27 Afghan Taliban, Haqqani militants handed to Kabul last year: FO

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  • Afghanistan rules out talks with Taliban after deadly attacks in Kabul

ISLAMABAD: Foreign Office Spokesman Dr Mohammad Faisal said that 27 individuals suspected of belonging to Tehreek-e-Taliban Afghanistan (TTA) and Haqqani Network (HN) were handed over to Afghanistan in November 2017.

“Pakistan continues to push any suspected TTA & HN elements to prevent them from using our soil for any terrorist activity in Afghanistan,” Dr Faisal said in a tweet.


“In this context, 27 individuals suspected of belonging to TTA & HN have been handed over to Afghanistan in November 2017,” he added.

The unprecedented move appears to be aimed at dispelling the oft-repeated allegations that Islamabad is supporting the violent insurgency in Afghanistan.

The handover took place in November last year just weeks after the maiden visit of army chief General Qamar Javed Bajwa to Kabul. However, the extradition of 27 suspected members of the Afghan Taliban and Haqqani network was kept confidential till now.

The spokesman also noted that Pakistan had sacrificed 75,000 civilians and 6,000 soldiers to the scourge of terrorism. “We have one of the highest officer-to-soldier casualty rate globally and suffered economic losses worth USD 123bn,” he added.

 

Meanwhile, Afghanistan said on Tuesday that the Taliban would have to be defeated on the battlefield after US President Donald Trump rejected the idea of talks with the militants following a series of deadly attacks.

The Taliban reacted to Trump’s announcement by saying they never wanted to talk to the United States anyway, but one senior member of the group said he suspected efforts would still be made to get negotiations going.

Talking to reporters at the White House on Monday, Trump condemned the militant group for the recent carnage in Kabul and said the United States was not prepared to talk now. He pledged to “finish what we have to finish”.

A spokesman for Afghan President Ashraf Ghani said that while the government had encouraged the Taliban to talk, the attacks in Kabul, including a suicide bomb attack on Saturday that killed more than 100 people, was a “red line”.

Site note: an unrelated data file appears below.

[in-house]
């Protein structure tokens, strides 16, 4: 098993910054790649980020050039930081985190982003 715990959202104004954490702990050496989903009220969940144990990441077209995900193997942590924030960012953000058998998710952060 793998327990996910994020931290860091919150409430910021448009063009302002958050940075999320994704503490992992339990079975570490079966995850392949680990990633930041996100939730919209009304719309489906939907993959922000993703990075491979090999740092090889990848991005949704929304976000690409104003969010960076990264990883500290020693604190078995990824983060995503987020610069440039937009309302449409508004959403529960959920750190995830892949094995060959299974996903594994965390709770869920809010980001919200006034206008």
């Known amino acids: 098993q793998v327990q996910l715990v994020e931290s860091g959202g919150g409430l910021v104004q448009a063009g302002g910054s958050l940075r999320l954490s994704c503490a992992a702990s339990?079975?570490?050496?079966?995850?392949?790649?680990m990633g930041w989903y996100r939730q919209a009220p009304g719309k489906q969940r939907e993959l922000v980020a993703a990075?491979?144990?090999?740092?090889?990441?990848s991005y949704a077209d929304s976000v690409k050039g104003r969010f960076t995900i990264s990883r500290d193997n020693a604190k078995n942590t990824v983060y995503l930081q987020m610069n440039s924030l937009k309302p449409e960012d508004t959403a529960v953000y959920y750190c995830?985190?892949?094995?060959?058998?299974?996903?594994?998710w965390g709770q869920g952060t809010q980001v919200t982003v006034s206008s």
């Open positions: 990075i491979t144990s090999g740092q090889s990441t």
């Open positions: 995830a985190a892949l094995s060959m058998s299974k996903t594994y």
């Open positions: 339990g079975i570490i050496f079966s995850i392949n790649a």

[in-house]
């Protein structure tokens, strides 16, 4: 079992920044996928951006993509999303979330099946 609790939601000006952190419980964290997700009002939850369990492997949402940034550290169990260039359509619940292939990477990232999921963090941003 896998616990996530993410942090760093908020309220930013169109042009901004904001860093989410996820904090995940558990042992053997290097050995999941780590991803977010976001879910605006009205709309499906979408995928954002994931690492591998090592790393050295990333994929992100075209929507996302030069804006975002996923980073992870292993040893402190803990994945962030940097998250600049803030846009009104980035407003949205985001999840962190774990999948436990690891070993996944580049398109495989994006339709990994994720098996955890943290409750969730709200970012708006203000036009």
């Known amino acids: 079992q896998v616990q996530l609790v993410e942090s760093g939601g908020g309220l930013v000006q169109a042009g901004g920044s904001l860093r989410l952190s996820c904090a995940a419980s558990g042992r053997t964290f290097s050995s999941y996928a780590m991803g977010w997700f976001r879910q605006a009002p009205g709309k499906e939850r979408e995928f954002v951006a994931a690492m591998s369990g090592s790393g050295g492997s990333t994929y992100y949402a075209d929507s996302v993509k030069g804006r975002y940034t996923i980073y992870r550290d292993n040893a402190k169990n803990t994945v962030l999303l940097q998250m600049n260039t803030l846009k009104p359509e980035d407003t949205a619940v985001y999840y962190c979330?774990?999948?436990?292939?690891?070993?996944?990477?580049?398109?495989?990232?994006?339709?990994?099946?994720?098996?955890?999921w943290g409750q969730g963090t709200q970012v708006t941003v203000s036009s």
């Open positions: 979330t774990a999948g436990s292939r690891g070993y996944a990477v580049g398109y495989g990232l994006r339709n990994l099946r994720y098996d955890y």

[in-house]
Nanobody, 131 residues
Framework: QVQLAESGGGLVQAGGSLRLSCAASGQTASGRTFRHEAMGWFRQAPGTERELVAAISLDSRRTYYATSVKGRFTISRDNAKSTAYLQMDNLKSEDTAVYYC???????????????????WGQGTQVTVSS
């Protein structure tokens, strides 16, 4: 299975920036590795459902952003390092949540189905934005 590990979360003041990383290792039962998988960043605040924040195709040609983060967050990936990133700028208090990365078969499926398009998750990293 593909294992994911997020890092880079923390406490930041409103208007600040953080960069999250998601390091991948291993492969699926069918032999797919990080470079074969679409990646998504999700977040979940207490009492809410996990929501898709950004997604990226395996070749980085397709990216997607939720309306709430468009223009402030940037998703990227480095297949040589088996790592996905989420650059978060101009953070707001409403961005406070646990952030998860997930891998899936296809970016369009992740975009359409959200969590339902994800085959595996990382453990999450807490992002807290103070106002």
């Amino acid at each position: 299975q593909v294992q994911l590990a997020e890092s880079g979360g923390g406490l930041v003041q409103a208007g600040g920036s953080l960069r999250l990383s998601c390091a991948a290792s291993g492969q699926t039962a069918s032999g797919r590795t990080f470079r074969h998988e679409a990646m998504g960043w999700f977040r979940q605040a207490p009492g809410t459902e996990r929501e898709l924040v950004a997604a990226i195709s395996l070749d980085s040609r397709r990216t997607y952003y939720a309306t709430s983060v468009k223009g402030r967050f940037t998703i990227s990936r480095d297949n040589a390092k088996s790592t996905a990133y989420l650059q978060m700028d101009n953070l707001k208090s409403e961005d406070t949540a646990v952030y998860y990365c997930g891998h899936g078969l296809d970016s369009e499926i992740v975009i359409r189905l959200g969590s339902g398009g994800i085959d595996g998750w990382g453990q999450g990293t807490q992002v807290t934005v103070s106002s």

“The Taliban have crossed a red line and lost the chance for peace,” said the spokesman Shah Hussain Murtazawi. “We have to look for peace on the battlefield. They have to be marginalised.”

He declined to comment directly on Trump’s announcement.

 

The Taliban also said that the recent attacks in Afghanistan were a message to Trump that his policy of aggression would not work.

Another Taliban member said the United States had been approaching states that have relations with the Taliban to try to get them to push the insurgents to the negotiating table.

“President Trump is saying this for public consumption,” a Taliban member, who declined to be identified, said of Trump’s rejection of talks. “He and his team are making every effort to bring us to the negotiating table.”

“Actually, the latest attack in Kabul awakened President Trump and his puppets in Afghanistan about the capability of the Taliban and their ability to mount big attacks anywhere.”

The Taliban refer to the Afghan government as US “puppets”.

The United States believes the Haqqani Network was behind Saturday’s bomb blast in Kabul.

US and Afghanistan have long accused Pakistan of supporting the Taliban, and the HN in particular, as assets to be used in its bid to limit the influence of India in Afghanistan.

This month, Trump ordered big cuts in security aid to Pakistan over its failure to crack down on militants.

Pakistan denies accusations it fosters the Afghan war and condemned the recent attacks in Afghanistan.

 

 

 

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